Racechanges : White Skin, Black Face in American Culture

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This text examines racial impersonations - ie, blackface - in modern American film, fiction, poetry, painting, photography and journalism. Gubar shows how the white popular imagination has evolved through a series of oppositional identities that are dependent on the idea of black others. Gubar draws from an extensive range of illustrative work, with examples from high and low culture, from turn-of-the century to present day. This book is intended for scholars and students in popular culture, African-American studies and 20th-century American studies.show more

Product details

  • Hardback | 350 pages
  • 166.9 x 231.9 x 28.2mm | 716.67g
  • Oxford University Press Inc
  • New York, United States
  • English
  • 96 halftones, bibliography
  • 0195110021
  • 9780195110029

Review quote

Both relevant and timely ... offers a welcome insight into the complex and controversial world of minstrelsy, or cross-racial impersonation ... fascinating source materials ... a fascinating study of racialised representations and imitation. Nations and Nationalism Gubar presents an intensely thought provoking investigation of the cultural space inhabited by artists, writers and entertainers whose work, intentionally or not, challenges the notion of a fixed opposition between black and white. American Studiesshow more

About Susan Kamholtz Gubar

About the Author: Susan Gubar is Distinguished Professor of English at Indiana University. She has co-authored and co-edited a range of books with Sandra Gilbert, from The Madwoman in the Attic (a runner-up for the Pulitzer Prize and the National Book Critics Circle Award) to The Norton Anthology of Literature by Women.show more

Review Text

Synthesizing the remarkable work over the last 15 years of scores of cultural historians, theorists, and critics who have been engaged in documenting and analyzing the ubiquitous legacy of blackface minstrelsy and racial posing in 20th-century American culture, Gubar has assembled a comprehensive catalog of cross-racial iconography. The paradox that despite our preoccupations with social divisions by race, the identities and psychologies of black and white Americans are inextricably interdependent is nowhere more evident than in modern popular culture. Gubar, coauthor with Sandra Gilbert of a groundbreaking work of feminist literary criticism, The Madwoman in the Attic (1979), examines the pervasive role of cross-racial impersonation in the development of American melodrama (beginning with Uncle Tom's Cabin) and musical theater, motion pictures (D.W. Griffith's Birth of a Nation and Al Jolson's The Jazz Singer), popular radio shows (Amos 'n'Andy), and new journalism (John Howard Griffith's 1960 study Black Like Me), as well as in European experimental literature, painting, and photography. She also clearly identifies the ethical issue at the center: "How can white people understand or sympathize with African-Americans without distorting or usurping their perspective?" Of course, who is the subject and the object of the gaze has a great deal to do with whether the act of "racechange" is transgressive or regressive, but there are persistent ambiguities in the act. Gubar appreciates and articulates multilayered complexities and ironies that evolve along with American cultural expression, although occasionally she comes up with an interpretation that seems overdetermined. Gubar addresses the major issue of why potentially liberating acts of racial masquerade so often end up serving racist ends and are only now being used to envision postracist ways of being and seeing. This is an important book for the way it highlights an active but underacknowledged field of cultural inquiry, and a study bound to prompt further debate. (Kirkus Reviews)show more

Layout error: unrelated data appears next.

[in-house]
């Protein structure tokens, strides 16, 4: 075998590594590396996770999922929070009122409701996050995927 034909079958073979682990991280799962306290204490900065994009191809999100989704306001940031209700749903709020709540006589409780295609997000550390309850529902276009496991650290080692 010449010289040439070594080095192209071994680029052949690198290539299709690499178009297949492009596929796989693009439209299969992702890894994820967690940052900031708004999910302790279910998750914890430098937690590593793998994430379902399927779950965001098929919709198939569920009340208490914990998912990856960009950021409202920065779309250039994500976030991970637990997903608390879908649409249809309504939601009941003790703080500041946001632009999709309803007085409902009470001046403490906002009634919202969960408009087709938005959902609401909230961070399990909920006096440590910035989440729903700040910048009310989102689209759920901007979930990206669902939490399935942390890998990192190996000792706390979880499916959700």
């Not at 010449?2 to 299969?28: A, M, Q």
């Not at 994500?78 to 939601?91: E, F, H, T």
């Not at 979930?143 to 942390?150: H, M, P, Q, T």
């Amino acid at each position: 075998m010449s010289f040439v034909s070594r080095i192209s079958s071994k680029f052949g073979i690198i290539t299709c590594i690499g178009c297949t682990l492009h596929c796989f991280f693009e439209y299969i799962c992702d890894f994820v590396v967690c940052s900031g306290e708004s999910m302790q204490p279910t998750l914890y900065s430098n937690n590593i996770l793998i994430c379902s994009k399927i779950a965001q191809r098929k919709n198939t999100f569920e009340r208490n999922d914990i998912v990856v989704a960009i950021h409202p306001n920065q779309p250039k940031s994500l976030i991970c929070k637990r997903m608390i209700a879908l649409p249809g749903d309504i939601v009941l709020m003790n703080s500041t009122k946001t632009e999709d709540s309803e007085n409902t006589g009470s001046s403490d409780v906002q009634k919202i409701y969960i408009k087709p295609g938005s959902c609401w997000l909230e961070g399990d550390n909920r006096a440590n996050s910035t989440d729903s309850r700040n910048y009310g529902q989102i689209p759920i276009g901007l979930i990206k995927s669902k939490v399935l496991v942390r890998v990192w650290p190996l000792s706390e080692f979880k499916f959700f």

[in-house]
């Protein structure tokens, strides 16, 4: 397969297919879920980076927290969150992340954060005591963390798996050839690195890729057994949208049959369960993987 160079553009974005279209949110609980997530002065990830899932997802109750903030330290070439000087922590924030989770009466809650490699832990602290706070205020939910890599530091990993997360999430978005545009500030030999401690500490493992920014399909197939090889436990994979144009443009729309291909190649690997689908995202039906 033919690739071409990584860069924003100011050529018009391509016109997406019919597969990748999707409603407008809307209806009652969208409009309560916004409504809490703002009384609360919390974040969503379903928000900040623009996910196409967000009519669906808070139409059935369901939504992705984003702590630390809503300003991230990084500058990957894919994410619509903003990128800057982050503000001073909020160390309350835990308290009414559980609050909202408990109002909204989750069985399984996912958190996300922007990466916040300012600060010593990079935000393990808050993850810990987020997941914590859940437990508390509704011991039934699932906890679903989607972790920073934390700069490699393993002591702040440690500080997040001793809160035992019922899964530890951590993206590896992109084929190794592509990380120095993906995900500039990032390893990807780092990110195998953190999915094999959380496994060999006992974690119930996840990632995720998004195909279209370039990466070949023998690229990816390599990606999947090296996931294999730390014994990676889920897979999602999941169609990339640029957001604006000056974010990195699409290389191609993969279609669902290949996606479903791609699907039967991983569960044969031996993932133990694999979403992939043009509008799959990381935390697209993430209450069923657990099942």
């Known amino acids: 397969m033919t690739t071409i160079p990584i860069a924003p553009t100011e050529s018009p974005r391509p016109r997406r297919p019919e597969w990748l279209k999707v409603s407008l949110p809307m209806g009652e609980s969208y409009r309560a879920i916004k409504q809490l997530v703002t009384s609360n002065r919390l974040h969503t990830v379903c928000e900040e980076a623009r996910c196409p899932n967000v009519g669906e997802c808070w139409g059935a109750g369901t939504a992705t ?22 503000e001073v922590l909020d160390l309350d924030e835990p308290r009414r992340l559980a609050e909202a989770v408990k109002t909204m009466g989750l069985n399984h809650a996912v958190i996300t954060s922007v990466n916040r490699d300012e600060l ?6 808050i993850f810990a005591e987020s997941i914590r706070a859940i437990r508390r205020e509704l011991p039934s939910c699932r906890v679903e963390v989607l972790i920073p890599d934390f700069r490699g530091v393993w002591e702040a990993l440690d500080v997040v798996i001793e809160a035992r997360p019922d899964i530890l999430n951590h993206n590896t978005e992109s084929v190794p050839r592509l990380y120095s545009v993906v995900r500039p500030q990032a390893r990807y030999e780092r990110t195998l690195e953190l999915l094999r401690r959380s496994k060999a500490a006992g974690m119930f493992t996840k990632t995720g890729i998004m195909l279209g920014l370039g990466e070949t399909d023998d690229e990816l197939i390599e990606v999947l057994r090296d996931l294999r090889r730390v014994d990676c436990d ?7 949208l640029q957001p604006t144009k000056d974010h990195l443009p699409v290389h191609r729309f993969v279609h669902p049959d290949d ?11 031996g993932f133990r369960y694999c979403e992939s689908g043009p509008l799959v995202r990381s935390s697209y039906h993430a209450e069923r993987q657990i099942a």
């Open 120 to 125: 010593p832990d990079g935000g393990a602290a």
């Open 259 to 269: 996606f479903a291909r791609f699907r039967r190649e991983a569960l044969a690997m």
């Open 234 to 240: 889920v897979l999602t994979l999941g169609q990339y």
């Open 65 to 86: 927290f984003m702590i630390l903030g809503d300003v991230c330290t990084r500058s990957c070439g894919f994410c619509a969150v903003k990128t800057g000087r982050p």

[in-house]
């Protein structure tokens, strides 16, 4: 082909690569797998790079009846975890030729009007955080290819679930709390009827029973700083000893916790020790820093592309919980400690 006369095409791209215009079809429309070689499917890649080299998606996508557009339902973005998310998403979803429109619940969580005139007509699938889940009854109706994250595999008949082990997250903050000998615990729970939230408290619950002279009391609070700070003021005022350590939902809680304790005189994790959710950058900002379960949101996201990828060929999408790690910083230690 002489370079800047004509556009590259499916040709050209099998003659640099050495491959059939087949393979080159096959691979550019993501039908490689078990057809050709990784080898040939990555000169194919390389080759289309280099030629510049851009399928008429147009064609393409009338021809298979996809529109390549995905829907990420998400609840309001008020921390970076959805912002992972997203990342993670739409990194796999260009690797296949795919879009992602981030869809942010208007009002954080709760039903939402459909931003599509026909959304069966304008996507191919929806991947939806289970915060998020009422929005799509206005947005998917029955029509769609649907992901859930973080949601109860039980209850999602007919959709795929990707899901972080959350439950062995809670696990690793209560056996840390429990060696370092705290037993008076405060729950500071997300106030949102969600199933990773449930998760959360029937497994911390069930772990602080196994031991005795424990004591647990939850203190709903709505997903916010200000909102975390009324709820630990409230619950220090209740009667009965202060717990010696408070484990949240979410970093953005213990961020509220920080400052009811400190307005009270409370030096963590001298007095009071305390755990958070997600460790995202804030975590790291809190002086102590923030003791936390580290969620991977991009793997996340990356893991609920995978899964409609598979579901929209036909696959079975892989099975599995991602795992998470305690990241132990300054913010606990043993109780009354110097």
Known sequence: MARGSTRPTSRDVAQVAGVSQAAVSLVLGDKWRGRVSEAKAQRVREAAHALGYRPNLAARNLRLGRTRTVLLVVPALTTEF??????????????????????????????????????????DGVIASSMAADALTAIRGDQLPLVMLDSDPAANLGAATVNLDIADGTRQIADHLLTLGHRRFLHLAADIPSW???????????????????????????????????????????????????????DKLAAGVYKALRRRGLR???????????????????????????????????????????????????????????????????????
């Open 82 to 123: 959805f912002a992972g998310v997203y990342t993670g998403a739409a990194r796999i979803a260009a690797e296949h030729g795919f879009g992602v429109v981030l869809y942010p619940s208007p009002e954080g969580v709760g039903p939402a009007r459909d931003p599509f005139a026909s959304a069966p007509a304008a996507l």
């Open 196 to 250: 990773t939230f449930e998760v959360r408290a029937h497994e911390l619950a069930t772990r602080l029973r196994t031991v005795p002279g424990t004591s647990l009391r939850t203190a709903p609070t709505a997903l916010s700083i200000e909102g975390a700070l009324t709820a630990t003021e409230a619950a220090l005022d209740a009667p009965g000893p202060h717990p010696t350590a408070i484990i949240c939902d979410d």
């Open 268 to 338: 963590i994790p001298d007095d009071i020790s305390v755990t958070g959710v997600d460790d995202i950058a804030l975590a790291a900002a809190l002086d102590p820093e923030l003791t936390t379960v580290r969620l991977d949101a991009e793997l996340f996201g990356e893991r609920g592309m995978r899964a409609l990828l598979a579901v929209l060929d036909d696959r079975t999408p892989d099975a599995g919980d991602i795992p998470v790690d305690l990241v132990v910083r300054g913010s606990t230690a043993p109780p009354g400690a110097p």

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7 ratings
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